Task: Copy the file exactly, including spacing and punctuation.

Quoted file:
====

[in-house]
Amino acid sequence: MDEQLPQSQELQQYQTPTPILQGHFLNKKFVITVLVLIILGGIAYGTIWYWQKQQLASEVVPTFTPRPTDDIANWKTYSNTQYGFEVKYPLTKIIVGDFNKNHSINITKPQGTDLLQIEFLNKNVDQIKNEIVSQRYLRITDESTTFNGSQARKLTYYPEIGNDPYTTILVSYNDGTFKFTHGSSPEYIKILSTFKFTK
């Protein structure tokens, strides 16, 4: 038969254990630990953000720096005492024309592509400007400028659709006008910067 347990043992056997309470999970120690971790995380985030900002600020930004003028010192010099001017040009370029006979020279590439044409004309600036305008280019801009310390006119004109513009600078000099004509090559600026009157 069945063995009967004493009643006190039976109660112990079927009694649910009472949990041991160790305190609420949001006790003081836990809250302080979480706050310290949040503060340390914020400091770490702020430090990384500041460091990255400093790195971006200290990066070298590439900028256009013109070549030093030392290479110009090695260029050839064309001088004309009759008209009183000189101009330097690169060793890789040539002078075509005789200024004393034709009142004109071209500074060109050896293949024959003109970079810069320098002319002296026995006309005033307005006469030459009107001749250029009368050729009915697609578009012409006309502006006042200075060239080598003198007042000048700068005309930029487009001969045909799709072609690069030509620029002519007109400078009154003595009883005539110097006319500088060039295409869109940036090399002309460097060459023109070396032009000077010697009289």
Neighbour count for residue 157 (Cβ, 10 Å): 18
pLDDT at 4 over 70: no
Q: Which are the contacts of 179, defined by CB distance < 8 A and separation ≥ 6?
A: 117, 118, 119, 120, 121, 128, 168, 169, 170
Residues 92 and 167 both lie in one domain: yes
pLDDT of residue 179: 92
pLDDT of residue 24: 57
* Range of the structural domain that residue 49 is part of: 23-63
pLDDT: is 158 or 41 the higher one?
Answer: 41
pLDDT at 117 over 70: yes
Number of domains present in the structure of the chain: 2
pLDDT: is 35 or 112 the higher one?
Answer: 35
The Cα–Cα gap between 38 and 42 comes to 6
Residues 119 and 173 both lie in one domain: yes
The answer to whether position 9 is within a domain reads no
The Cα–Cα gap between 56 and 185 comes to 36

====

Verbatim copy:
[in-house]
Amino acid sequence: MDEQLPQSQELQQYQTPTPILQGHFLNKKFVITVLVLIILGGIAYGTIWYWQKQQLASEVVPTFTPRPTDDIANWKTYSNTQYGFEVKYPLTKIIVGDFNKNHSINITKPQGTDLLQIEFLNKNVDQIKNEIVSQRYLRITDESTTFNGSQARKLTYYPEIGNDPYTTILVSYNDGTFKFTHGSSPEYIKILSTFKFTK
């Protein structure tokens, strides 16, 4: 038969254990630990953000720096005492024309592509400007400028659709006008910067 347990043992056997309470999970120690971790995380985030900002600020930004003028010192010099001017040009370029006979020279590439044409004309600036305008280019801009310390006119004109513009600078000099004509090559600026009157 069945063995009967004493009643006190039976109660112990079927009694649910009472949990041991160790305190609420949001006790003081836990809250302080979480706050310290949040503060340390914020400091770490702020430090990384500041460091990255400093790195971006200290990066070298590439900028256009013109070549030093030392290479110009090695260029050839064309001088004309009759008209009183000189101009330097690169060793890789040539002078075509005789200024004393034709009142004109071209500074060109050896293949024959003109970079810069320098002319002296026995006309005033307005006469030459009107001749250029009368050729009915697609578009012409006309502006006042200075060239080598003198007042000048700068005309930029487009001969045909799709072609690069030509620029002519007109400078009154003595009883005539110097006319500088060039295409869109940036090399002309460097060459023109070396032009000077010697009289």
Neighbour count for residue 157 (Cβ, 10 Å): 18
pLDDT at 4 over 70: no
Q: Which are the contacts of 179, defined by CB distance < 8 A and separation ≥ 6?
A: 117, 118, 119, 120, 121, 128, 168, 169, 170
Residues 92 and 167 both lie in one domain: yes
pLDDT of residue 179: 92
pLDDT of residue 24: 57
* Range of the structural domain that residue 49 is part of: 23-63
pLDDT: is 158 or 41 the higher one?
Answer: 41
pLDDT at 117 over 70: yes
Number of domains present in the structure of the chain: 2
pLDDT: is 35 or 112 the higher one?
Answer: 35
The Cα–Cα gap between 38 and 42 comes to 6
Residues 119 and 173 both lie in one domain: yes
The answer to whether position 9 is within a domain reads no
The Cα–Cα gap between 56 and 185 comes to 36